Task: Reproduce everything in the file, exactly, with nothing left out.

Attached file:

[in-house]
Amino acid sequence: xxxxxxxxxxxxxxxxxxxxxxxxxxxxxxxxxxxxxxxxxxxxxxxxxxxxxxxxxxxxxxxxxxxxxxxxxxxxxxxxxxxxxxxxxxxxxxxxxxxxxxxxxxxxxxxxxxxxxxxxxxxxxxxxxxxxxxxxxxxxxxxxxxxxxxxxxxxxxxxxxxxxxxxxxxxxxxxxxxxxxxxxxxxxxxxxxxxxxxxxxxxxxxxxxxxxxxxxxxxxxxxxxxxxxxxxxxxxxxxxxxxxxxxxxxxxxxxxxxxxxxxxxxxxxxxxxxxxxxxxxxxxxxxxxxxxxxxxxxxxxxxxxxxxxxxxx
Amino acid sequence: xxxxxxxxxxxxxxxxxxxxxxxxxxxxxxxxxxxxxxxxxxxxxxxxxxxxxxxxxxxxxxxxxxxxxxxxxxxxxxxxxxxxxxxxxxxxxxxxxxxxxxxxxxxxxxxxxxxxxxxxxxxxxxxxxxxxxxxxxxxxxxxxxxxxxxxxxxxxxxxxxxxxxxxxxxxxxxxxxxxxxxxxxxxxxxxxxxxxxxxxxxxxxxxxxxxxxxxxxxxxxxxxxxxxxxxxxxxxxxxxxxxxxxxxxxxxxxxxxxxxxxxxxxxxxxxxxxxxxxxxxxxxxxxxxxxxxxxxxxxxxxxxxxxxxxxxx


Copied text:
[in-house]
Amino acid sequence: xxxxxxxxxxxxxxxxxxxxxxxxxxxxxxxxxxxxxxxxxxxxxxxxxxxxxxxxxxxxxxxxxxxxxxxxxxxxxxxxxxxxxxxxxxxxxxxxxxxxxxxxxxxxxxxxxxxxxxxxxxxxxxxxxxxxxxxxxxxxxxxxxxxxxxxxxxxxxxxxxxxxxxxxxxxxxxxxxxxxxxxxxxxxxxxxxxxxxxxxxxxxxxxxxxxxxxxxxxxxxxxxxxxxxxxxxxxxxxxxxxxxxxxxxxxxxxxxxxxxxxxxxxxxxxxxxxxxxxxxxxxxxxxxxxxxxxxxxxxxxxxxxxxxxxxxx
Amino acid sequence: xxxxxxxxxxxxxxxxxxxxxxxxxxxxxxxxxxxxxxxxxxxxxxxxxxxxxxxxxxxxxxxxxxxxxxxxxxxxxxxxxxxxxxxxxxxxxxxxxxxxxxxxxxxxxxxxxxxxxxxxxxxxxxxxxxxxxxxxxxxxxxxxxxxxxxxxxxxxxxxxxxxxxxxxxxxxxxxxxxxxxxxxxxxxxxxxxxxxxxxxxxxxxxxxxxxxxxxxxxxxxxxxxxxxxxxxxxxxxxxxxxxxxxxxxxxxxxxxxxxxxxxxxxxxxxxxxxxxxxxxxxxxxxxxxxxxxxxxxxxxxxxxxxxxxxxxx